Inspiration The inspiration behind this project is threefold. Firstly the idea that nothing is original and that everything is a derivation or improvement on something that has come before. This is the fundamental principal behind innovation. However, so often once something is improved upon the initial iteration is often abandoned completely as no longer needed or as offering little to no value. This however is often not the case. It is only by knowing where we have come from that we can begin to see where we are going. This is especially the case in the field of communication design. A student of design today would more than likely only experience the process from behind a computer screen. Kerning, leading and justification are just abstract concepts to the contemporary design student. They may know that they adjust spacing between letters, lines of text and how the text sits on a page from having to adjust them to suit their aesthetic preferences, but they will have no appreciation of just how important these concepts are to the whole process because they have never had to manually kern type or justify text not to achieve a particular aesthetic but to actually make the production process easier for the typesetter. I feel that the fundamentals from the dawn of design as we know it have more to offer today’s design student than today’s emphasis on contemporary design trends. I was also deeply impressed upon by a Japanese concept called Ichi-go Ichi-E. It roughly translates to once in a lifetime, or one moment one experience. It is a cultural belief that permeates many aspects of Japanese life. Ichi-go ichi-e is closely linked with Zen Buddhism. The term is particularly associated with the Japanese tea ceremony, and is often brushed onto scrolls which are hung in the tea room. In the context of tea ceremony, ichi-go ichi-e reminds participants that each tea meeting is unique. Many Japanese theatre companies will not do a complete run through of a performance other than it’s presentation to the public as they believe that a complete run through will result in trying to recreate moments of a performance that can never be recreated. They should therefore appreciate every performance for what it is. It also forms an integral part of Bushido or way of the warrior. Students of the Japanese sport of kendo still follow many tenets of Bushido practiced by their samurai ancestors. One of the beliefs is that in battle you will never get a second attempt. Kendo masters will often scold students who pull back from a movement when they’ve realised they’ve made a mistake by barking “Ichi-go Ichi-E” at them to remind them that everything must be followed through to completion as there may never be a second chance. This concept is visible in every aspect of everyday life as even “perfect” replication process will never yield exactly the same result twice. It is, however, hyperbolic in the letterpress process as variations in ink saturation minute shifts in the mechanics, or the pages will yield a truly unique representation every time. My final piece of inspiration came from the world of mathematics in the form of fractals. In Mathematical terms a fractal is a set of self-similar patterns. That is to say they are the same near as from far. This concept intrigued me in that a single instance sparked off multiple endless repetitions. While in the mathematical sense these repetitions are 100% identical in every way this does not necessarily apply in reality. Theory rarely does. Where is does apply is, as stated above, events constantly sparking the next. The need to communicate necessitated the need to develop a common language and the need to preserve this for future generations lead to methods of recording like writing, the need to democratise information lead to the press and mass publication and eventually lead to sound recording, video, and in current day mass dissemination through the Internet.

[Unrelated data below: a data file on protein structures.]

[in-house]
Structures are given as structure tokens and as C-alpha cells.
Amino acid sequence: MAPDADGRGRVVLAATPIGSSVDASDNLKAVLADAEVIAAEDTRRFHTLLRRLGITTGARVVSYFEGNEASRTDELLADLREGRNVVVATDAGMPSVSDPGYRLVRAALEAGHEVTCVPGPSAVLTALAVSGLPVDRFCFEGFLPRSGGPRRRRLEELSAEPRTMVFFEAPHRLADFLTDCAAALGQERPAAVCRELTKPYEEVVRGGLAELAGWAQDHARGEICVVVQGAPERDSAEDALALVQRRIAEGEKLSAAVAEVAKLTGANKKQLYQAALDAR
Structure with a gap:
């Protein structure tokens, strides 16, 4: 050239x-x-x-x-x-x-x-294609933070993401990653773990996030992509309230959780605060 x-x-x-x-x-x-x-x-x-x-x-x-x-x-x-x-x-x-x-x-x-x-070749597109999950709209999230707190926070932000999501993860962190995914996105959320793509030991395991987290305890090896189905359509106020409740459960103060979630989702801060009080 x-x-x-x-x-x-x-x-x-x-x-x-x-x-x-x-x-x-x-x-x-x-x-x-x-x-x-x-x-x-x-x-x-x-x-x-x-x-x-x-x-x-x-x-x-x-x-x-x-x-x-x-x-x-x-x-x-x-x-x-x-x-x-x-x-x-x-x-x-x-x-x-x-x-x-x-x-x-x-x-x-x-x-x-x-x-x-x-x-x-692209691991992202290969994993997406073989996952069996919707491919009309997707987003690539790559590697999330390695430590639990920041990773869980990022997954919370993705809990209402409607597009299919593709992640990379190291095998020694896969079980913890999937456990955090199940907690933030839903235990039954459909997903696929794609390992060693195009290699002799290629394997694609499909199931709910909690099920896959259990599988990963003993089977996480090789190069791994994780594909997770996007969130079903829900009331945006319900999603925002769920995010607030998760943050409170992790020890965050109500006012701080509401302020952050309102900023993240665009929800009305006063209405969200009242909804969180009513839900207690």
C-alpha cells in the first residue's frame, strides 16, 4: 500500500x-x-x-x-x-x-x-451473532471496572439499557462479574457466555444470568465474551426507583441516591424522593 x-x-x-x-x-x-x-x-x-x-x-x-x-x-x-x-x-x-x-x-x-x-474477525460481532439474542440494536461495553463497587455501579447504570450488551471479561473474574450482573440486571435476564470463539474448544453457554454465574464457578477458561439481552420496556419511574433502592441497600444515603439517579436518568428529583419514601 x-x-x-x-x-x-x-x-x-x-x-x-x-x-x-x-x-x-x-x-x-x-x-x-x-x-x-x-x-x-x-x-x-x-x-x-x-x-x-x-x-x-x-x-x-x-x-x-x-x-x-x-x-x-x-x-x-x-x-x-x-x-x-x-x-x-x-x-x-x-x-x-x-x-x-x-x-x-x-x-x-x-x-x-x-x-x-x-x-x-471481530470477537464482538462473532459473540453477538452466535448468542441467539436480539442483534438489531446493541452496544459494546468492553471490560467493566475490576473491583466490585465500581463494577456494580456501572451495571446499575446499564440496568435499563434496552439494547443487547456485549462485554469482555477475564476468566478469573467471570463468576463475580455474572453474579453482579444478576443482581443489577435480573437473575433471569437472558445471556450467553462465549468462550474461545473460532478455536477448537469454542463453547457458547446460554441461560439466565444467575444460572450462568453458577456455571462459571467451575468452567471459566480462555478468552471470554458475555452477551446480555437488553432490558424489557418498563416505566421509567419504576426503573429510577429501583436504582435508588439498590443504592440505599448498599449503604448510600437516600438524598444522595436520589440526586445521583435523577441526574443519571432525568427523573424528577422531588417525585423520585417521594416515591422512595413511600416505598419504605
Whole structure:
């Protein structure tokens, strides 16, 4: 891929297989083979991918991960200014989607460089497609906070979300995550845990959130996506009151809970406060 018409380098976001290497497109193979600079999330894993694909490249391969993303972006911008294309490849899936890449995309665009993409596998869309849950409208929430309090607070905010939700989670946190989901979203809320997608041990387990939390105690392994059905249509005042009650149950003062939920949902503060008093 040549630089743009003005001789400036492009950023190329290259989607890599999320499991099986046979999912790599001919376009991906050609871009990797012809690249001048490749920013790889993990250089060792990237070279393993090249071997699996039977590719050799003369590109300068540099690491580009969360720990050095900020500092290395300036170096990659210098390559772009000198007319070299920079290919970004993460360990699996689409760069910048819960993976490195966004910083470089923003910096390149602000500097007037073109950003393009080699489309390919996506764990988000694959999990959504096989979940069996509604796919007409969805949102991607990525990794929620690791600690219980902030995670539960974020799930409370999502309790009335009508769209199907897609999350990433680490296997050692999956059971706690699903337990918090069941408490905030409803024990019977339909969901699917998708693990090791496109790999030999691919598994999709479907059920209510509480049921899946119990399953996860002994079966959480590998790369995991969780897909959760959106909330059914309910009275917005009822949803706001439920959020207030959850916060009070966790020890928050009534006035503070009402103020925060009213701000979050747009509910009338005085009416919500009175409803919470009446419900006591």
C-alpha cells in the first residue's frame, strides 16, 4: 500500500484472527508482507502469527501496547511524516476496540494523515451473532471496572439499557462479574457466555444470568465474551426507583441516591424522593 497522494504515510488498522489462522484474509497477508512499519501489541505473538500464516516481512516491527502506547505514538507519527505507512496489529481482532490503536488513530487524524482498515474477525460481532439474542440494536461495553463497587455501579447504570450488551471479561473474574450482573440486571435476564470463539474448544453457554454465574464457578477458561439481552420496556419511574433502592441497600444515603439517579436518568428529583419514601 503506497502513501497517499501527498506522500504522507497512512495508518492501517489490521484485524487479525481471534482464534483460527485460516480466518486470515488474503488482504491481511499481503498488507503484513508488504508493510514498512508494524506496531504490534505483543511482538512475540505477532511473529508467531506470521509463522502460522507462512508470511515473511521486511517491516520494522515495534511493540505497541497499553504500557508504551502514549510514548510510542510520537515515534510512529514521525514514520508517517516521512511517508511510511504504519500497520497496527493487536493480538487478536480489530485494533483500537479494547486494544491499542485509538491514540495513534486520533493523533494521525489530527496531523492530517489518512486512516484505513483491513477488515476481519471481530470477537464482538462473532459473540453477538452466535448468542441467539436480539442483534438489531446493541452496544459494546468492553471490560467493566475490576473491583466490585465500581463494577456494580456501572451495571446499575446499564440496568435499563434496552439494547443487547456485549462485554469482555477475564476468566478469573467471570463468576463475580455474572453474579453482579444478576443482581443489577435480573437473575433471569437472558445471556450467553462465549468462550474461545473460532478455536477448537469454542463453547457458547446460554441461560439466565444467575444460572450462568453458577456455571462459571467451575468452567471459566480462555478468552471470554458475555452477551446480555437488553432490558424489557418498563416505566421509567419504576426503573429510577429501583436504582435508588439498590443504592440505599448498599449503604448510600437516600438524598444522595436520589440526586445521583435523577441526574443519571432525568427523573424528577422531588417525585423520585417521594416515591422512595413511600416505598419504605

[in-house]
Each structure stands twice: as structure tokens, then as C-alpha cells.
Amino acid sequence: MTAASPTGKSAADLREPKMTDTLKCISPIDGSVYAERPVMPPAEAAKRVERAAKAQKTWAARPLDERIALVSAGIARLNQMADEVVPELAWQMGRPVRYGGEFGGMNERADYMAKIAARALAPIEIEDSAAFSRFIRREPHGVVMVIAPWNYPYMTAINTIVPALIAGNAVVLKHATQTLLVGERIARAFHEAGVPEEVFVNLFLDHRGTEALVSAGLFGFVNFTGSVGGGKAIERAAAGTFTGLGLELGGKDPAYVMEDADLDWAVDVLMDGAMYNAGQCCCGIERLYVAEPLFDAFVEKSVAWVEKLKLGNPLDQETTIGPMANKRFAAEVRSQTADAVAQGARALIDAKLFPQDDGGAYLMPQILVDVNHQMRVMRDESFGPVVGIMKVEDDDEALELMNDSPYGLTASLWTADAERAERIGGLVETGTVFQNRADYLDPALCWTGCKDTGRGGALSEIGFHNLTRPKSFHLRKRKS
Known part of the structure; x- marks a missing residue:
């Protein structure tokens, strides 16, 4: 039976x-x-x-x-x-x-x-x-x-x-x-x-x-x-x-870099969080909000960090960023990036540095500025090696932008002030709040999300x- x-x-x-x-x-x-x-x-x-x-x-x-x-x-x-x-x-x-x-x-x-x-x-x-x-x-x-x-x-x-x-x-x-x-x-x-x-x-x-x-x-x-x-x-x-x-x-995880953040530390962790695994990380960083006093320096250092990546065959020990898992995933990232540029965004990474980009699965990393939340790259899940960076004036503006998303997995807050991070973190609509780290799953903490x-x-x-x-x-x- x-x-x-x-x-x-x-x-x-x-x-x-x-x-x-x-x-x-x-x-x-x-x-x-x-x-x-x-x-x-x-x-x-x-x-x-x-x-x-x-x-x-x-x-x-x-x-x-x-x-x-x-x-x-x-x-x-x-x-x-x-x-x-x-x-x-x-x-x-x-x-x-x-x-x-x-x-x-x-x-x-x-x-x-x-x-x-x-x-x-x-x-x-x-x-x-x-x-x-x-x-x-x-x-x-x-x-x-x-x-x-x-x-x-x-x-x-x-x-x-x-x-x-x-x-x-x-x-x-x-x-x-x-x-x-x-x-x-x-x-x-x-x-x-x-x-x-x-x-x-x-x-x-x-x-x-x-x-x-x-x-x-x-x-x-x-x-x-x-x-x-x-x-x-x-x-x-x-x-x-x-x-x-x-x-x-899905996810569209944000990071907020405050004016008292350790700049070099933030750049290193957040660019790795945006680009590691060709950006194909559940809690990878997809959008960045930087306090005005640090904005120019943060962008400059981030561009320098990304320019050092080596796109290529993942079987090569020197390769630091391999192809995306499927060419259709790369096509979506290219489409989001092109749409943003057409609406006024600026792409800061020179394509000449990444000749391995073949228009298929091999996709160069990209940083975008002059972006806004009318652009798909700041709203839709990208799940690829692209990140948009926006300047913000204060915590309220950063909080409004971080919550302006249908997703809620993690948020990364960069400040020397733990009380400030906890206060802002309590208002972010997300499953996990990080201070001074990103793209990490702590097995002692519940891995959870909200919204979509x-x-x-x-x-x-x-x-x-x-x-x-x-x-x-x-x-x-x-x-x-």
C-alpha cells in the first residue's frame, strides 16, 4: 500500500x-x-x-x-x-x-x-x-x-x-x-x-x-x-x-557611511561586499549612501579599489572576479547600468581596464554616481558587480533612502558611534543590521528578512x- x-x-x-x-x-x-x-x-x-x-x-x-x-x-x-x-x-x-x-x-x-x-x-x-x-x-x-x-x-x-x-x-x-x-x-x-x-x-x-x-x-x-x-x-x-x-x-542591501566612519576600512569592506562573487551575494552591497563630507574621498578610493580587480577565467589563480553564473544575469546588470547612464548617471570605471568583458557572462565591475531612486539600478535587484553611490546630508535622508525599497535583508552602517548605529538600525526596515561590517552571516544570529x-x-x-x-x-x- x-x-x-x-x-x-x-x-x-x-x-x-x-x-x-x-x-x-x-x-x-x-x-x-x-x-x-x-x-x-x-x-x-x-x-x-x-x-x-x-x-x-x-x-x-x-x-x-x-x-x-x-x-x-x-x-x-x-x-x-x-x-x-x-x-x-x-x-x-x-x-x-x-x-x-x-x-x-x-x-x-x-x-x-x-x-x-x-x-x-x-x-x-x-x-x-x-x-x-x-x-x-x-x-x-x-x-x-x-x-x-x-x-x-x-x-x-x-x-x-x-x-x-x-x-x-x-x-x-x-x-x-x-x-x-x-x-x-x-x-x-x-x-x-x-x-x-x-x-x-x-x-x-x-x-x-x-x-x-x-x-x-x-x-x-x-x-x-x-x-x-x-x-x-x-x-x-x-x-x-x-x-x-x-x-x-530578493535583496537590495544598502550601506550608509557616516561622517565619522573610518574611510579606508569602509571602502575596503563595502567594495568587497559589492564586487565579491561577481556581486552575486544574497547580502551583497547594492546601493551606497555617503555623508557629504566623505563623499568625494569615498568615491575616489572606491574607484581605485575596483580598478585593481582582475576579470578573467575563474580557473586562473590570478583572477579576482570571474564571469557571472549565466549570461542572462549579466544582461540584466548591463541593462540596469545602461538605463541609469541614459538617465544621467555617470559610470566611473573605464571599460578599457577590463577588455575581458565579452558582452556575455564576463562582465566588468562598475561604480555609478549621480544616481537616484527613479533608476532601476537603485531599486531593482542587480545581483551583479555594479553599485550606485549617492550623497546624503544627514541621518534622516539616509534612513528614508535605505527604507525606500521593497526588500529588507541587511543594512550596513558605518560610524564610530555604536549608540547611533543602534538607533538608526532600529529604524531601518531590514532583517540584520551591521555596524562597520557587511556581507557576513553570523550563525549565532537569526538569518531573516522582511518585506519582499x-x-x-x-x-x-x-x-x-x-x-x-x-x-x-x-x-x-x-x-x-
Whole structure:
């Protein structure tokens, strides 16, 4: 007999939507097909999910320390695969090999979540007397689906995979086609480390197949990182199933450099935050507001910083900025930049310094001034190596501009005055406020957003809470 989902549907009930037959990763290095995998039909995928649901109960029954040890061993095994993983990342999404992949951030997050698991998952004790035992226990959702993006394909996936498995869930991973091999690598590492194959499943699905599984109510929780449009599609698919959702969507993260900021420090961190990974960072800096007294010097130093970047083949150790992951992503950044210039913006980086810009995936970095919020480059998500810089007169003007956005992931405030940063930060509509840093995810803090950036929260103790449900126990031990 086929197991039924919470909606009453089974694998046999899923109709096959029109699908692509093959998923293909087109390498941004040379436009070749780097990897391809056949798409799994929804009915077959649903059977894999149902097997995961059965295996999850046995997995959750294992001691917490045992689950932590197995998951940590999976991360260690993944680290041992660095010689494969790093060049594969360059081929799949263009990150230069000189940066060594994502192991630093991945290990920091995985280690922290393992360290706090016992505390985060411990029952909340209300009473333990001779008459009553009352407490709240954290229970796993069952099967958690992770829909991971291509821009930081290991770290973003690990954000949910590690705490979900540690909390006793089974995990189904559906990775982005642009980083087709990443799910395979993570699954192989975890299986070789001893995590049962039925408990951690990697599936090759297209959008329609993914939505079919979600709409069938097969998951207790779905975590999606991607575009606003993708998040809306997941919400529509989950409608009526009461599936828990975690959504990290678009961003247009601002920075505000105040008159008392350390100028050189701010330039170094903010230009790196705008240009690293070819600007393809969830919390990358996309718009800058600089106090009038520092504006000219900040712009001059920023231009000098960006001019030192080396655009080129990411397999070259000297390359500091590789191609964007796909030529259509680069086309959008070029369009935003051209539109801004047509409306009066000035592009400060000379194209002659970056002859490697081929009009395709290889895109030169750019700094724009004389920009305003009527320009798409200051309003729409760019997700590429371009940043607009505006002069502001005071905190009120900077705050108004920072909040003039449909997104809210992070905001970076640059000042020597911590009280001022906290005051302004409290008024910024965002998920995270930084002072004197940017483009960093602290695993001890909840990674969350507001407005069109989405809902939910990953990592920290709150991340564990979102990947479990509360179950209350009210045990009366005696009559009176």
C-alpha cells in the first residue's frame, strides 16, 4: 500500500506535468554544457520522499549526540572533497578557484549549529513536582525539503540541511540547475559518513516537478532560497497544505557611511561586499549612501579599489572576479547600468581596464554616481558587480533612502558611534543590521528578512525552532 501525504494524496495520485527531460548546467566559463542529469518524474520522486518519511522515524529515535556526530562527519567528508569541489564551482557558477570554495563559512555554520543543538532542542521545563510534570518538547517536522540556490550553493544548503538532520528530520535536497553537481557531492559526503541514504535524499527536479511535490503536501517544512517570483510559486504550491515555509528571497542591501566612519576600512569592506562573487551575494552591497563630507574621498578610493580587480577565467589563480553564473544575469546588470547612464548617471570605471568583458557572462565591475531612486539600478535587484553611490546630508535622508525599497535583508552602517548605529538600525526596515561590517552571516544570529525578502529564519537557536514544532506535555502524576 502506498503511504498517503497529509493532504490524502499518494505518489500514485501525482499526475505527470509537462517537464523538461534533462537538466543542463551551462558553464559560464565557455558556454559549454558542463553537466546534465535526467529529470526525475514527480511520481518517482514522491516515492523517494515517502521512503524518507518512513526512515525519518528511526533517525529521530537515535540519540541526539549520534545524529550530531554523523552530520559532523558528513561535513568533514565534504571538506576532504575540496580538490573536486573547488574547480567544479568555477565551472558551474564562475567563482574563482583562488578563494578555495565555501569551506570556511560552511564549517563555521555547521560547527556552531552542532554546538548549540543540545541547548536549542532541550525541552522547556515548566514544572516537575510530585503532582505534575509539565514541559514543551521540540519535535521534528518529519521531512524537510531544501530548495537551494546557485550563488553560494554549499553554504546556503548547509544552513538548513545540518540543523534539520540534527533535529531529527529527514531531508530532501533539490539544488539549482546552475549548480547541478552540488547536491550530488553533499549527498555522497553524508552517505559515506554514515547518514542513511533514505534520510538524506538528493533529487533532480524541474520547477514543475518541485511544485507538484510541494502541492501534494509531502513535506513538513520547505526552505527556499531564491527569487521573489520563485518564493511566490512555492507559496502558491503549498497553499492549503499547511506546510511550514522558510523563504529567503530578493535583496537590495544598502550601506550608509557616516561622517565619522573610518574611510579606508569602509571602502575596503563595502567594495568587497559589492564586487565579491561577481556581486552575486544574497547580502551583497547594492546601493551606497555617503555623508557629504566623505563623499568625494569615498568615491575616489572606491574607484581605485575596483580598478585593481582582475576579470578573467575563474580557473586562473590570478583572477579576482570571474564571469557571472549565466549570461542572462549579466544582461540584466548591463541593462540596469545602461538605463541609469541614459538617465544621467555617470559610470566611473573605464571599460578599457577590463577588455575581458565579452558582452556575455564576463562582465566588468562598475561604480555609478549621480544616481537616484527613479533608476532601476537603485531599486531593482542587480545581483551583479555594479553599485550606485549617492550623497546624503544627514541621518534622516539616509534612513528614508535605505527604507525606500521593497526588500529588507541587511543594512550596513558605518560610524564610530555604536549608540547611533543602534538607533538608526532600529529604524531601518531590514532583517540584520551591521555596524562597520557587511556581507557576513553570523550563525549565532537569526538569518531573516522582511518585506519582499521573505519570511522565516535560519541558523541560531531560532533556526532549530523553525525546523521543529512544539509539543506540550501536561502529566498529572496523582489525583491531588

Process In Terms of the process of bringing this project to fruition I my first idea was to make an entire manuscript following the traditional letterpress method. I would then print it multiple times letting the press itself create the variations though dwindling ink levels and minor shifts of the form due to the imperfect improvisation (a wad of newspaper) I had to come up with to account for the missing roller blanket on the press. This however, proved extremely impractical given the time period I had to work in and my inexperience in typesetting, as well as the limited materials available to me as a lot of the equipment at the museum had at one point been damaged, stolen or lost. Trying to set, kern and lead 8 point type by hand is extremely fiddly and tedious. I often ended up with sort all over the work bench. I decided to move doing headlines for another project (a magazine) I was working on concurrently and then do a series of posters exploring my influences for this project as well as the theme of anachronism and how something that appears to be out of sync with the period it is presented in can in another context be viewed as a thing of beauty in and of itself and not just an outdated, flawed, slow or otherwise imperfect method of production. The finest example is the press itself. It is painfully slow by modern standards but watching each of the hand cast parts interacting so smoothly in perfect unison is completely mesmerising. I experimented with different inking techniques from re-inking for every print, to seeing how many print runs I could achieve before the ink completely ran out, to inking the page first and letting the sort remove ink rather than placing it. These choices were provoked mainly through curiosity in exploring all the idiosyncrasies of the process. The exception being inking the page first. This was inspired by a designer that I greatly admire: Dieter Rams. His approach was one of subtraction and simplification. This lead me to think that perhaps a more interesting representation could be achieved through subtracting ink from one page and then transferring it to the next page in it’s most minimal form.